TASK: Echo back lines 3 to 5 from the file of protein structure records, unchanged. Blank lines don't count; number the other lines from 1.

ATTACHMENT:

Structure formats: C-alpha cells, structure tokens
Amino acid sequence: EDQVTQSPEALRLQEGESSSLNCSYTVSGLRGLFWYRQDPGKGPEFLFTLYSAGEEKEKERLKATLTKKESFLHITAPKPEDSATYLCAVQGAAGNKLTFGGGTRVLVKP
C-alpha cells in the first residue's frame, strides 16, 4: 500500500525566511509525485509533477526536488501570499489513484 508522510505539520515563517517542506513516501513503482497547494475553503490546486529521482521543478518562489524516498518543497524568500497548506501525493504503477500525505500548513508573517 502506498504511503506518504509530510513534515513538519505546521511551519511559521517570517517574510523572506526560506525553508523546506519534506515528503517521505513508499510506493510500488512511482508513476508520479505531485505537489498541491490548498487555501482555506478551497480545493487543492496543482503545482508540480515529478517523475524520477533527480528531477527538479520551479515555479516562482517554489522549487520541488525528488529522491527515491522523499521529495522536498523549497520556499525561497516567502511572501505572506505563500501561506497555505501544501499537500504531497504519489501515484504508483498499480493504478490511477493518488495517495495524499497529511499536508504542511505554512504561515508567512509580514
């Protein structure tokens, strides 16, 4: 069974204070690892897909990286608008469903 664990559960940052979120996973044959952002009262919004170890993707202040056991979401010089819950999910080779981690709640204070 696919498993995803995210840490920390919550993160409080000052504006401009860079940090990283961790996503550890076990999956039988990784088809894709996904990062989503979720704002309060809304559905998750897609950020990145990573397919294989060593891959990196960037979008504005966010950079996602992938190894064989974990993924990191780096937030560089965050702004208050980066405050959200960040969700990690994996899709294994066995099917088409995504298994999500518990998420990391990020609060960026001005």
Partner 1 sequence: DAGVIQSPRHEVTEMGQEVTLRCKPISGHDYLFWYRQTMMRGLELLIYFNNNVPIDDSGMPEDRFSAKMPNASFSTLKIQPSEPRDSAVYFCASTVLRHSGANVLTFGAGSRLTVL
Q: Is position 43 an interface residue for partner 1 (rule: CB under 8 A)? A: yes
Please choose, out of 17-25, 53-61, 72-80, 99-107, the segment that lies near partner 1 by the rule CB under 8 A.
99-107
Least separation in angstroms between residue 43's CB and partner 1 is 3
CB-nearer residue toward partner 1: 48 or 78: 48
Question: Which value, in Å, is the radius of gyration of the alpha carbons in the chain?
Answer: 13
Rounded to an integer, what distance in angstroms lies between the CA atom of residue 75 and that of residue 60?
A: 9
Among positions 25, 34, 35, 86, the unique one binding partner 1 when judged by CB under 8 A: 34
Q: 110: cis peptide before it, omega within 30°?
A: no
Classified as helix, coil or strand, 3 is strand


C-alpha cells in the first residue's frame, strides 16, 4: 500500500525566511509525485509533477526536488501570499489513484 508522510505539520515563517517542506513516501513503482497547494475553503490546486529521482521543478518562489524516498518543497524568500497548506501525493504503477500525505500548513508573517 502506498504511503506518504509530510513534515513538519505546521511551519511559521517570517517574510523572506526560506525553508523546506519534506515528503517521505513508499510506493510500488512511482508513476508520479505531485505537489498541491490548498487555501482555506478551497480545493487543492496543482503545482508540480515529478517523475524520477533527480528531477527538479520551479515555479516562482517554489522549487520541488525528488529522491527515491522523499521529495522536498523549497520556499525561497516567502511572501505572506505563500501561506497555505501544501499537500504531497504519489501515484504508483498499480493504478490511477493518488495517495495524499497529511499536508504542511505554512504561515508567512509580514
């Protein structure tokens, strides 16, 4: 069974204070690892897909990286608008469903 664990559960940052979120996973044959952002009262919004170890993707202040056991979401010089819950999910080779981690709640204070 696919498993995803995210840490920390919550993160409080000052504006401009860079940090990283961790996503550890076990999956039988990784088809894709996904990062989503979720704002309060809304559905998750897609950020990145990573397919294989060593891959990196960037979008504005966010950079996602992938190894064989974990993924990191780096937030560089965050702004208050980066405050959200960040969700990690994996899709294994066995099917088409995504298994999500518990998420990391990020609060960026001005």
Partner 1 sequence: DAGVIQSPRHEVTEMGQEVTLRCKPISGHDYLFWYRQTMMRGLELLIYFNNNVPIDDSGMPEDRFSAKMPNASFSTLKIQPSEPRDSAVYFCASTVLRHSGANVLTFGAGSRLTVL